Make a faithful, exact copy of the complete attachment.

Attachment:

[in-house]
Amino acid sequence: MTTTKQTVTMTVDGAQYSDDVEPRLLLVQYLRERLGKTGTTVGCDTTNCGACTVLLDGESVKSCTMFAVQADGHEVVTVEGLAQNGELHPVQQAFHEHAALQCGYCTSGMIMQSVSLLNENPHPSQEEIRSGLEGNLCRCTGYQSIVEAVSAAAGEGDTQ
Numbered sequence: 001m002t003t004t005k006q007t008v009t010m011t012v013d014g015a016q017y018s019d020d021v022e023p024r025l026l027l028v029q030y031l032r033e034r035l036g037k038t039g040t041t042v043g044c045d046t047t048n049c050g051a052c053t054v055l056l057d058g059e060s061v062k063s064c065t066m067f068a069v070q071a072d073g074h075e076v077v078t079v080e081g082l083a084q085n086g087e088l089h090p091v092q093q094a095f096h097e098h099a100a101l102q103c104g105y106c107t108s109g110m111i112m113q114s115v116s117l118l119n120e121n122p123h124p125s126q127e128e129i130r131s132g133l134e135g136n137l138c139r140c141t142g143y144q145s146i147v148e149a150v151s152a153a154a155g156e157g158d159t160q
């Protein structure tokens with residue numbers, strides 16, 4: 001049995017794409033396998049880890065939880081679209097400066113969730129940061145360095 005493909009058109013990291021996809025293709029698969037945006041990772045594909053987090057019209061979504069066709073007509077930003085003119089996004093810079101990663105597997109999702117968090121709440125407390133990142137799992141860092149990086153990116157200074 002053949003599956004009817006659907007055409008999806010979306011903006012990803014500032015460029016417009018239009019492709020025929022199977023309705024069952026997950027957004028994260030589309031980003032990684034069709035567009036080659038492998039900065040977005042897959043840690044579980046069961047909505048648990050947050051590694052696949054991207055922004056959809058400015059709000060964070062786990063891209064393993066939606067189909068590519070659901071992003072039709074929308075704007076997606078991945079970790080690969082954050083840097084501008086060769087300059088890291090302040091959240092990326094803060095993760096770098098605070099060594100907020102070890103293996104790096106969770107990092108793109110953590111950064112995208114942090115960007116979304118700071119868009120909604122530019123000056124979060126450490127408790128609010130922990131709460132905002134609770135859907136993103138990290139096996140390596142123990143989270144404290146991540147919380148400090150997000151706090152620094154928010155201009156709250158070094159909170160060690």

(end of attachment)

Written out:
[in-house]
Amino acid sequence: MTTTKQTVTMTVDGAQYSDDVEPRLLLVQYLRERLGKTGTTVGCDTTNCGACTVLLDGESVKSCTMFAVQADGHEVVTVEGLAQNGELHPVQQAFHEHAALQCGYCTSGMIMQSVSLLNENPHPSQEEIRSGLEGNLCRCTGYQSIVEAVSAAAGEGDTQ
Numbered sequence: 001m002t003t004t005k006q007t008v009t010m011t012v013d014g015a016q017y018s019d020d021v022e023p024r025l026l027l028v029q030y031l032r033e034r035l036g037k038t039g040t041t042v043g044c045d046t047t048n049c050g051a052c053t054v055l056l057d058g059e060s061v062k063s064c065t066m067f068a069v070q071a072d073g074h075e076v077v078t079v080e081g082l083a084q085n086g087e088l089h090p091v092q093q094a095f096h097e098h099a100a101l102q103c104g105y106c107t108s109g110m111i112m113q114s115v116s117l118l119n120e121n122p123h124p125s126q127e128e129i130r131s132g133l134e135g136n137l138c139r140c141t142g143y144q145s146i147v148e149a150v151s152a153a154a155g156e157g158d159t160q
């Protein structure tokens with residue numbers, strides 16, 4: 001049995017794409033396998049880890065939880081679209097400066113969730129940061145360095 005493909009058109013990291021996809025293709029698969037945006041990772045594909053987090057019209061979504069066709073007509077930003085003119089996004093810079101990663105597997109999702117968090121709440125407390133990142137799992141860092149990086153990116157200074 002053949003599956004009817006659907007055409008999806010979306011903006012990803014500032015460029016417009018239009019492709020025929022199977023309705024069952026997950027957004028994260030589309031980003032990684034069709035567009036080659038492998039900065040977005042897959043840690044579980046069961047909505048648990050947050051590694052696949054991207055922004056959809058400015059709000060964070062786990063891209064393993066939606067189909068590519070659901071992003072039709074929308075704007076997606078991945079970790080690969082954050083840097084501008086060769087300059088890291090302040091959240092990326094803060095993760096770098098605070099060594100907020102070890103293996104790096106969770107990092108793109110953590111950064112995208114942090115960007116979304118700071119868009120909604122530019123000056124979060126450490127408790128609010130922990131709460132905002134609770135859907136993103138990290139096996140390596142123990143989270144404290146991540147919380148400090150997000151706090152620094154928010155201009156709250158070094159909170160060690």